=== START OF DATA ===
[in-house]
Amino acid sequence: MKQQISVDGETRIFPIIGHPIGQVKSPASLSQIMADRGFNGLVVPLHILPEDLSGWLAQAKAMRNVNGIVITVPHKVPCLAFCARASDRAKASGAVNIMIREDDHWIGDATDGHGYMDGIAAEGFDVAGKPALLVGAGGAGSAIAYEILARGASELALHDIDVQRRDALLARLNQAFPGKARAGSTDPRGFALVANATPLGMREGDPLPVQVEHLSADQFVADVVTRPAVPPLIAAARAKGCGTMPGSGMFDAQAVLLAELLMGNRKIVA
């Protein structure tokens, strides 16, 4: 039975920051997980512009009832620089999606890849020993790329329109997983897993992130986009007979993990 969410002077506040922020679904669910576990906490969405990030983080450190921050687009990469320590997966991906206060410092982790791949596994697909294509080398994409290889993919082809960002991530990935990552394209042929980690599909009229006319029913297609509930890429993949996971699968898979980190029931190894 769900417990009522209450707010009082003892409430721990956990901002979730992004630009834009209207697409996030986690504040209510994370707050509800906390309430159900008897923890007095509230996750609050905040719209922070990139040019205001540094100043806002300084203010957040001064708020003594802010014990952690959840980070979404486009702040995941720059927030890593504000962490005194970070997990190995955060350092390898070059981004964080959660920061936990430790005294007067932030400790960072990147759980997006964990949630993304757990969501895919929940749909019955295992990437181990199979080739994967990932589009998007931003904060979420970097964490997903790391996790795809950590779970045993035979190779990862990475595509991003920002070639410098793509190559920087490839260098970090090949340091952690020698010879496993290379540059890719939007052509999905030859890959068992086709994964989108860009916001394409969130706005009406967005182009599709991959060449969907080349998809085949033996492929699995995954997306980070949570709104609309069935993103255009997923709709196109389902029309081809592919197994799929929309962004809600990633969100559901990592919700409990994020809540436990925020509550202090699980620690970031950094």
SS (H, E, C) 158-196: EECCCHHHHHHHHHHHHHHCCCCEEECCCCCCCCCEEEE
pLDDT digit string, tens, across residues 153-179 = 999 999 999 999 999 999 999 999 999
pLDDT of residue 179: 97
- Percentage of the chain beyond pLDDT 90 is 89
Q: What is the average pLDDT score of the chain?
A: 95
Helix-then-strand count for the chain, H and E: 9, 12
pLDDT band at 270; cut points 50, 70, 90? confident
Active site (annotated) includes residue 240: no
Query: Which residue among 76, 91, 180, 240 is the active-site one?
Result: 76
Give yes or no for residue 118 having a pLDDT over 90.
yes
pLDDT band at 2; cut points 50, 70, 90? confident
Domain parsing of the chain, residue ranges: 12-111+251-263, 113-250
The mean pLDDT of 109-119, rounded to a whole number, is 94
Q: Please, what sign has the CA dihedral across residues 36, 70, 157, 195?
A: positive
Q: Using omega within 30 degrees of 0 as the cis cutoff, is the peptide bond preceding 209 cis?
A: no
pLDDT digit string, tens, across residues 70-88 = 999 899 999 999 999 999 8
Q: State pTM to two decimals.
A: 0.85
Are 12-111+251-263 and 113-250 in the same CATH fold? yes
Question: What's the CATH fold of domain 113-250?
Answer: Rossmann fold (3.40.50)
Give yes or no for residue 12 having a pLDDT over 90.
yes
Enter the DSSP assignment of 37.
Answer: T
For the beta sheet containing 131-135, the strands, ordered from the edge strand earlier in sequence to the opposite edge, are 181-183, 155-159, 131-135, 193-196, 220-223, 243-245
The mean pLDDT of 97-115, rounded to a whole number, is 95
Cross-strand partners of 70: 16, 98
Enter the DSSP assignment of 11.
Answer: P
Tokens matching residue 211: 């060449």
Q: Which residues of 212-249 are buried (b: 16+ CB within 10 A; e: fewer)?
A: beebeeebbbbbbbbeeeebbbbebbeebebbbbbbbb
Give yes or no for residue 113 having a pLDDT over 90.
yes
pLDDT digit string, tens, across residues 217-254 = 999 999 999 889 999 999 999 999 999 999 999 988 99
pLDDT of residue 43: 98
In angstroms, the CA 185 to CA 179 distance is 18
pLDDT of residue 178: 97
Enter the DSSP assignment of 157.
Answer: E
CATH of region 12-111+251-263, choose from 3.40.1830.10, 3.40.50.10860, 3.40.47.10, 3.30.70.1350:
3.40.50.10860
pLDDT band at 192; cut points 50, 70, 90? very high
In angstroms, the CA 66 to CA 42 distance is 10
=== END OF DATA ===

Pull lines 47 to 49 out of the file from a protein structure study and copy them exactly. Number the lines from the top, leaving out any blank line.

pLDDT of residue 178: 97
Enter the DSSP assignment of 157.
Answer: E